I was reading Quora and it showed me an awesome article about the history of money, or more correctly, the development of debt, and the ideology of private property, and how “barter” is an ideological myth promoted by capitalists.
How did the concept of money actually emerge from the “barter system”?
TL;DR: the original “money” was debt administrated by temples, to support the development of farming, a seasonal activity that requires debt and repayment. Temples allowed the division of labor and specialization, by extending credit and tracking repayment. From this emerged the idea of money or currency.
That response reminded me of the mysterious cogged stones of California.
People have all kinds of hypothesis about these stones, like they are religious or astronomical artifacts, but I think they are tokens of identity, and possibly a kind of indication of relationships between different nations in the area.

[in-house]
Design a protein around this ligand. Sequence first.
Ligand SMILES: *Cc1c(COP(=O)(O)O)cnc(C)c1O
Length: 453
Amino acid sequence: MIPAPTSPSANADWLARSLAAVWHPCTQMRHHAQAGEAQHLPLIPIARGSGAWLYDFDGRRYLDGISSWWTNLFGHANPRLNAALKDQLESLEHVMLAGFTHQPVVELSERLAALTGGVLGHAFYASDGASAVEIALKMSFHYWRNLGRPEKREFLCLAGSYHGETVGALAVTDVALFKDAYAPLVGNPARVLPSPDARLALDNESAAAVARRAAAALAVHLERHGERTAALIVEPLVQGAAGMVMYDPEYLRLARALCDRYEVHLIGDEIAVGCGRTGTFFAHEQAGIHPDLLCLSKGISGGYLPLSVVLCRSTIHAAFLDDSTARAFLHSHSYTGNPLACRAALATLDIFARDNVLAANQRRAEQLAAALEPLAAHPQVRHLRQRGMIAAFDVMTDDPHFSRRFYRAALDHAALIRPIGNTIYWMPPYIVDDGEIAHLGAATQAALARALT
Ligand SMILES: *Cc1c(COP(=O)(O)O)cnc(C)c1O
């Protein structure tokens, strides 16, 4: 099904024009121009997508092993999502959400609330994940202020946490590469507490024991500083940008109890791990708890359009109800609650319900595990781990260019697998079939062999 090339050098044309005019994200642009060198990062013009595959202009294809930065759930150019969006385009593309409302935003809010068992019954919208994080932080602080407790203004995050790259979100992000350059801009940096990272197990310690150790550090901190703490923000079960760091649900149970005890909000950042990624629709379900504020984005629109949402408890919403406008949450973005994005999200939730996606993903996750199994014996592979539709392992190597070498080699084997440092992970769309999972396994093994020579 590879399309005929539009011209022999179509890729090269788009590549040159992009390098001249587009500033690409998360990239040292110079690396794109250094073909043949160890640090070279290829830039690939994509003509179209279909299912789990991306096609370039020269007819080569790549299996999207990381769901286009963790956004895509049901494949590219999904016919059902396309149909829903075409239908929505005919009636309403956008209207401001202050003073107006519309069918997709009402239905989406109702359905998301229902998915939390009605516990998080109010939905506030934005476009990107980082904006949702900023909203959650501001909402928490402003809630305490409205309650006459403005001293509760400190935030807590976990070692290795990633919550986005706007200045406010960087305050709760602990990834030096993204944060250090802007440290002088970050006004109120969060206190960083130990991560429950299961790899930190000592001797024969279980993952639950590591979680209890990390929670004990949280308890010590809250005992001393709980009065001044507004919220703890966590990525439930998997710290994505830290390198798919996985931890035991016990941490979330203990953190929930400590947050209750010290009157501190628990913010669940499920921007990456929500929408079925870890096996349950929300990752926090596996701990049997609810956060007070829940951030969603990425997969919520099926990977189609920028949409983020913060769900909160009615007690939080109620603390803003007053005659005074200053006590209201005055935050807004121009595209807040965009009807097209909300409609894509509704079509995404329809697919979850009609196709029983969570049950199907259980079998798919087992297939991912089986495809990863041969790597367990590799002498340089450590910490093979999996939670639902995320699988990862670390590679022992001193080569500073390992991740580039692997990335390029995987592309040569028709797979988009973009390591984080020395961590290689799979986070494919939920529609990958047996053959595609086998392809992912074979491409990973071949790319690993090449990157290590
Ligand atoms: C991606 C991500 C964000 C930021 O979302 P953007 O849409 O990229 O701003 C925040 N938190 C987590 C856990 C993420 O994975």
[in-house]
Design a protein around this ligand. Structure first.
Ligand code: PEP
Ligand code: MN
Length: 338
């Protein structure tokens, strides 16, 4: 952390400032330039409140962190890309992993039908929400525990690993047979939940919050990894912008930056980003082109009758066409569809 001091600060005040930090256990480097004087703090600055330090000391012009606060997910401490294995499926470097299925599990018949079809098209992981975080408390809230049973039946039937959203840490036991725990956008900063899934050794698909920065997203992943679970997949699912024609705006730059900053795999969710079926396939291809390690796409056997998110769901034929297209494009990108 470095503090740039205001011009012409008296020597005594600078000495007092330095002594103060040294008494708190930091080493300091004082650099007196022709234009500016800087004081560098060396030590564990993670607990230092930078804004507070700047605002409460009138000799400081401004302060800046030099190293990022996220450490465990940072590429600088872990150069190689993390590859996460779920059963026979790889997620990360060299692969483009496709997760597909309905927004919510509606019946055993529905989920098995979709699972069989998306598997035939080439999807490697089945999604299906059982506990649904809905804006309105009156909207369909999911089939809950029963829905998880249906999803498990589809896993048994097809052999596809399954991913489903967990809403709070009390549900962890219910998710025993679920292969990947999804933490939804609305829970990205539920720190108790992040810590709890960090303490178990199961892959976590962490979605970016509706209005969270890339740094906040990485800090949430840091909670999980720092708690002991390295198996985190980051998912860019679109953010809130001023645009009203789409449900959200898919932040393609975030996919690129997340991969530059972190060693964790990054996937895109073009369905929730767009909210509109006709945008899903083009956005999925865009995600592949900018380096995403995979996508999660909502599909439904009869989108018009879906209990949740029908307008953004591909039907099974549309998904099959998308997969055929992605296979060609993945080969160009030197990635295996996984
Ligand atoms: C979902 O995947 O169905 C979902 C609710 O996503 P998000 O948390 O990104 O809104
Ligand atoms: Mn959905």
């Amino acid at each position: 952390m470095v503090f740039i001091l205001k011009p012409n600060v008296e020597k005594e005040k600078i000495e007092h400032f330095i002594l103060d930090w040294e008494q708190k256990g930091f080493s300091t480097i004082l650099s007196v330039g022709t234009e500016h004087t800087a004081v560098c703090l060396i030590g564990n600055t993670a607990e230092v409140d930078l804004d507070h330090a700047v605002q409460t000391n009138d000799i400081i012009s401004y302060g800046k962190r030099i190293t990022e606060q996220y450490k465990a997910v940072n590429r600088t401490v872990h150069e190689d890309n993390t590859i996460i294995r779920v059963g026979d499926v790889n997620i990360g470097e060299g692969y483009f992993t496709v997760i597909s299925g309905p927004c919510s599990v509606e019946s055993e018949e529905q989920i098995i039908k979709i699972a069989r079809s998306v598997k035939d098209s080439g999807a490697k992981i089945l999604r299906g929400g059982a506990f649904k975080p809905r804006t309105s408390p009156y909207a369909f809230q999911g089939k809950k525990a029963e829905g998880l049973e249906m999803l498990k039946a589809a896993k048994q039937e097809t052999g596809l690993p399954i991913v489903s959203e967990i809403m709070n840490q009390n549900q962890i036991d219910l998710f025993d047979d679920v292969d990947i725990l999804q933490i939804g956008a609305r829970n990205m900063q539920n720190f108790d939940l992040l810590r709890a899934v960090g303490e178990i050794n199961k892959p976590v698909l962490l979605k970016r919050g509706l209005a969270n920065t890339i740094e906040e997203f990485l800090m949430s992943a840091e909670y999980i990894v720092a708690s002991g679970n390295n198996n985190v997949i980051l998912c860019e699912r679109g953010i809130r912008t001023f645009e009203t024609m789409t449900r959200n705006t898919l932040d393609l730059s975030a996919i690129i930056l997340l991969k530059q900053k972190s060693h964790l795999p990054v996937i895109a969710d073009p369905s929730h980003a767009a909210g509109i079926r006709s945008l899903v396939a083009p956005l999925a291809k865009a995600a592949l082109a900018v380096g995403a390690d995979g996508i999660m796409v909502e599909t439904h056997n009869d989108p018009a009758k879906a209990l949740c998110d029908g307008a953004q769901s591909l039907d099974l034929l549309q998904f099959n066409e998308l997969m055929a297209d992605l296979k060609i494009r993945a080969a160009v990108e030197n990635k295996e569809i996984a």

The cogs seem to all originate in the Santa Ana River area by the coast. Given their smoothness and precision, I suspect specialists made them; the society had some division of labor.
They’ve been found as far away as Chandler, Arizona, around 380 miles away. This is roughly 30 days away walking.
It’s far enough away that most people wouldn’t have undertaken the trip, but many could have. Likewise, the range of these stones is all over southern California, but concentrated around the Santa Ana river.
Traveling up and down the river was probably frequent, and normal. Given the diversity of microclimates and soils in the area, it’s possible there was mercantile style trade between areas.
These small artworks, common along the river, may have been attractive to people a bit further away.
They would have been collected and hoarded for the same reasons as people collect and hoard them today – for their beauty and oddity. They could have been traded for more commonplace goods. They could have been given as tokens indicating a good relationship with the nation.